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X-ray machines to be installed in Norwich prison

PUBLISHED: 06:30 24 January 2020

State-of-the-art body scanners are being installed at Norwich prison in a bid to crackdown on contraband being smuggled into the jail. Picture: Ministry of Justice

State-of-the-art body scanners are being installed at Norwich prison in a bid to crackdown on contraband being smuggled into the jail. Picture: Ministry of Justice

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State-of-the-art body scanners are being installed at Norwich Prison in a bid to crack down on contraband being smuggled into the jail.

Norwich Prison. Photo : Steve AdamsNorwich Prison. Photo : Steve Adams

HMP Norwich, on Knox Road, is one of 16 "challenging" prisons across the country to receive tough new security measures as part of a major government project to reduce crime behind bars.

The X-ray machines, which have been specifically developed for the prison service, are able to produce instant images of inside the human body, revealing any internally concealed contraband, such as drugs, mobile phones or weapons.

The images produced by the scanners provide a level of detail not previously seen before in the prison service.

The first prisons to receive the cutting-edge technology all have high volumes of remand prisoners, who are deemed to pose the greatest risk of smuggling.

State-of-the-art body scanners are being installed at Norwich prison in a bid to crackdown on contraband being smuggled into the jail. Picture: Ministry of JusticeState-of-the-art body scanners are being installed at Norwich prison in a bid to crackdown on contraband being smuggled into the jail. Picture: Ministry of Justice

The X-ray scanners, which are costing £28m to install across the prison system, are being funded by a £100m government funding package designed to boost security in prisons.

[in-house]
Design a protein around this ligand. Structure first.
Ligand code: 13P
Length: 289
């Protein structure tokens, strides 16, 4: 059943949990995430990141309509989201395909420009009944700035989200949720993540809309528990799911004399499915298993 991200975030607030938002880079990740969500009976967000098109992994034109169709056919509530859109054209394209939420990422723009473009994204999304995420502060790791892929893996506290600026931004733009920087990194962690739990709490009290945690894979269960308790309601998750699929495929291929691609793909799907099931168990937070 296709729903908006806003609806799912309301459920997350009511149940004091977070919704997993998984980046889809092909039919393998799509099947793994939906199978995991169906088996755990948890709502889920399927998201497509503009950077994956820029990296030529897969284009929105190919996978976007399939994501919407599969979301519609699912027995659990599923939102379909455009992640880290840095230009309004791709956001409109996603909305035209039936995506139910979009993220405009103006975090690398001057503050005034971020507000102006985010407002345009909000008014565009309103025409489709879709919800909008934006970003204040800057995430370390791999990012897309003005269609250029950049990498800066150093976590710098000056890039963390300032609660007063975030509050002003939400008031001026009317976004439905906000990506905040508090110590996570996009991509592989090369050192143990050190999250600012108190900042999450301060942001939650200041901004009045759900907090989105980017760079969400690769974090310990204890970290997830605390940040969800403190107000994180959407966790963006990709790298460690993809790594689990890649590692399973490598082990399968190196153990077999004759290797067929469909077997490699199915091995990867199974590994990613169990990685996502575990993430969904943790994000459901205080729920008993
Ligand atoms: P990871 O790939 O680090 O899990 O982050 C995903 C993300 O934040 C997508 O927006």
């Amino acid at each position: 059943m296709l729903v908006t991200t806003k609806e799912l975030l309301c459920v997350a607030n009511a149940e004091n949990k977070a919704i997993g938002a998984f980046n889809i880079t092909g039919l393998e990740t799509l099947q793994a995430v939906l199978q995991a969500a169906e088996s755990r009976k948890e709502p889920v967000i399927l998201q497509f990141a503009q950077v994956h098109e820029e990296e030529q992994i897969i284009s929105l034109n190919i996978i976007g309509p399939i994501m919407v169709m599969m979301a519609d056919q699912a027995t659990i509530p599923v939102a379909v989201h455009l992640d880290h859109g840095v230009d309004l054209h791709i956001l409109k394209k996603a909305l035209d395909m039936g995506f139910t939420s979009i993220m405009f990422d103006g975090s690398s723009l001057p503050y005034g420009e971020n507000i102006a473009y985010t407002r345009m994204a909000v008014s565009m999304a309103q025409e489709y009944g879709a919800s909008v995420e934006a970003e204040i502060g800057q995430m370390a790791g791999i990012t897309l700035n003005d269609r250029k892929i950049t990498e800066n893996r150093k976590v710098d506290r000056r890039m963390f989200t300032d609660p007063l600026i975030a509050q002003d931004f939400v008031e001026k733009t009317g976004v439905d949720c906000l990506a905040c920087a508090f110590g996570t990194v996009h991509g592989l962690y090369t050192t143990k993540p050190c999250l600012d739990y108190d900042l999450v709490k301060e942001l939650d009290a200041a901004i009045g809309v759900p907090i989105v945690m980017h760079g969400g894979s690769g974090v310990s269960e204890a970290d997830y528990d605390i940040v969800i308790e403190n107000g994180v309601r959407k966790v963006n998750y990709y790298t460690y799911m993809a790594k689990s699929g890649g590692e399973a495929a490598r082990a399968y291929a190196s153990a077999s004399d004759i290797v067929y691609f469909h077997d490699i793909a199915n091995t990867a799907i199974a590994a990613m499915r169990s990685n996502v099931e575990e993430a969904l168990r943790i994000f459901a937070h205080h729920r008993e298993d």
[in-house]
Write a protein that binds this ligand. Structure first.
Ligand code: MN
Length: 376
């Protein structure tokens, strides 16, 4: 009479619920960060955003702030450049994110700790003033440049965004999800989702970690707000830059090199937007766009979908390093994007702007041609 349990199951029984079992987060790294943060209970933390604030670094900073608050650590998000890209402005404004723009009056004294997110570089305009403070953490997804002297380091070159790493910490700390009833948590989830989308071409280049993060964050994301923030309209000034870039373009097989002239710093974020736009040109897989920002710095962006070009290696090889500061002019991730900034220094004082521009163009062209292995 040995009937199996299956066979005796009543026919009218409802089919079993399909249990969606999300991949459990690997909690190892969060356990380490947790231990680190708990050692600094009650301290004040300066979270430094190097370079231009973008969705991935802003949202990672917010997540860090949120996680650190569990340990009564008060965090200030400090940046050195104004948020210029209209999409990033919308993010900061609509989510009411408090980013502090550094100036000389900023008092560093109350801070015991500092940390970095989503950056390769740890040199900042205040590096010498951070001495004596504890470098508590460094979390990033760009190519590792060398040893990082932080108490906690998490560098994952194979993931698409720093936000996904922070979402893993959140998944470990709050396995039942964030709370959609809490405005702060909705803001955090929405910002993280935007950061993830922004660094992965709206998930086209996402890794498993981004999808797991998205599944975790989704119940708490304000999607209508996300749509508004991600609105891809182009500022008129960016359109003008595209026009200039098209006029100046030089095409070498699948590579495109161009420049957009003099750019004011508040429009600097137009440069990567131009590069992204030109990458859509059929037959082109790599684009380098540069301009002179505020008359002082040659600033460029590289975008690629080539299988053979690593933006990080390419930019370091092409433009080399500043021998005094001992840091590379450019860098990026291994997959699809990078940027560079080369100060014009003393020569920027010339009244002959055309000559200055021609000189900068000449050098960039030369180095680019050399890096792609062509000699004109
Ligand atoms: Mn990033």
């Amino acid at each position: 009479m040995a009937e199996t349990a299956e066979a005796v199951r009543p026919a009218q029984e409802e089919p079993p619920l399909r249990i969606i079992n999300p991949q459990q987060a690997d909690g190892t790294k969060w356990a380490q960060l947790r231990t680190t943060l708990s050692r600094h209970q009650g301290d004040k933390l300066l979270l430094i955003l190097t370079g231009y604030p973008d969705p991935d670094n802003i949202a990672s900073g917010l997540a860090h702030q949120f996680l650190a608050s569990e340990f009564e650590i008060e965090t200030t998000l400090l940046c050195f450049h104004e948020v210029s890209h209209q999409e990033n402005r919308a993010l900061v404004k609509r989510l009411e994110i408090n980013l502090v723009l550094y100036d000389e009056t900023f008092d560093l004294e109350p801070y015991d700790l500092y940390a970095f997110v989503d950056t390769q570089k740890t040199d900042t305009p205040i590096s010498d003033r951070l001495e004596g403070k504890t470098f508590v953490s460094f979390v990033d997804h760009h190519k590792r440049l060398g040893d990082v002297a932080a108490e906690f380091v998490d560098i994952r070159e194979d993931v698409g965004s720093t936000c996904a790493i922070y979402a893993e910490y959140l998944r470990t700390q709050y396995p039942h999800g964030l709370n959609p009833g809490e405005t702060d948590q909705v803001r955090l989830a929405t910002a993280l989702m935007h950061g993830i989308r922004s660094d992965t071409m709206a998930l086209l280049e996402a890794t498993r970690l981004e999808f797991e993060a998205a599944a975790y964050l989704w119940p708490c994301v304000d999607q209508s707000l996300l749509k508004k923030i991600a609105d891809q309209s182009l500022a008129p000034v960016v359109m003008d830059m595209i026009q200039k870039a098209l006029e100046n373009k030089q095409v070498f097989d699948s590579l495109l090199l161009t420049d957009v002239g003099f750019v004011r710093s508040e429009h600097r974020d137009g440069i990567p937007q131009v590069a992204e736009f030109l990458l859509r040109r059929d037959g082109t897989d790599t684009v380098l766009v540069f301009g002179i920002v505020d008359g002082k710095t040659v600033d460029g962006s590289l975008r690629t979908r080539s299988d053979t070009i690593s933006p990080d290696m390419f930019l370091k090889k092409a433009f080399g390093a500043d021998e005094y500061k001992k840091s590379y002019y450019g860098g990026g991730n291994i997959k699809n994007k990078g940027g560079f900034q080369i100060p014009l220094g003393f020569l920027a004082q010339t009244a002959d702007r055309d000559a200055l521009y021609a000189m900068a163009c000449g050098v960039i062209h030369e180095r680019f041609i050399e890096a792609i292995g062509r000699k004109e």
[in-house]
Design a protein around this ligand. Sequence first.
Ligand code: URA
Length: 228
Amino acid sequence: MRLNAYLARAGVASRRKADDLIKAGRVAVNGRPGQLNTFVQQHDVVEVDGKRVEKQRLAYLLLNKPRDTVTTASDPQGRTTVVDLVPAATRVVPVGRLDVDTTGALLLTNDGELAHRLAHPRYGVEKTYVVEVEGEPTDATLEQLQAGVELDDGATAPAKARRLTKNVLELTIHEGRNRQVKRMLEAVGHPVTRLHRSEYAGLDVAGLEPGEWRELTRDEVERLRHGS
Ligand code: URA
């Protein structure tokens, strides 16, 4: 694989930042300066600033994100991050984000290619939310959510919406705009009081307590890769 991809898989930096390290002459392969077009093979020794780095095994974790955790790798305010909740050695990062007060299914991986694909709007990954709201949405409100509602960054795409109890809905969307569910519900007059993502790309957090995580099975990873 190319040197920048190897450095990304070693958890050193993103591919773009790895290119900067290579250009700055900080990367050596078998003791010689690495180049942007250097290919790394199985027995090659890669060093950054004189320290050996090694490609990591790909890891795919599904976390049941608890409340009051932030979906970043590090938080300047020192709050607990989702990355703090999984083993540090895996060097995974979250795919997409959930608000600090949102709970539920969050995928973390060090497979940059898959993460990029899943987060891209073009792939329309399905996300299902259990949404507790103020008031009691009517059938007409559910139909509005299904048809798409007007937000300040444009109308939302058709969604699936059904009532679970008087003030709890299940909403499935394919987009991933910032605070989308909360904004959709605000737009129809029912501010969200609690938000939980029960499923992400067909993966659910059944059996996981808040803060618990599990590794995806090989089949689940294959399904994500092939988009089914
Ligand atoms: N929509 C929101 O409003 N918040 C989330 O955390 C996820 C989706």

The investment will fund new measures to tackle drugs and violence in prisons, including X-ray baggage scanners and metal detection equipment, phone-blocking technology and a new digital forensics facility.

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Gary Monaghan, prison group director for Bedfordshire, Cambridgeshire and Norfolk, said: "New X-ray body scanners will be a vital part of our drive to reduce drug addiction and tackle the criminals trafficking them into our jails.

"Reducing the supply of drugs will help to cut violence and enable us to create a safer environment for both staff and prisoners, allowing us to focus on rehabilitative and education work."

Lucy Frazer QC, minister for prisons and probation, said: "New technology is a vital part of our efforts to stop those determined to wreak havoc in our jails.

"These scanners will help to stem the flow of contraband into jails and allow officers to focus on rehabilitation.

"We're investing £2.75bn to transform our prisons, creating 10,000 additional modern places, and stepping up security to cut crime and better protect the public."

The installation at HMP Norwich will begin in spring 2020, with all scanners expected to be in place by the summer.

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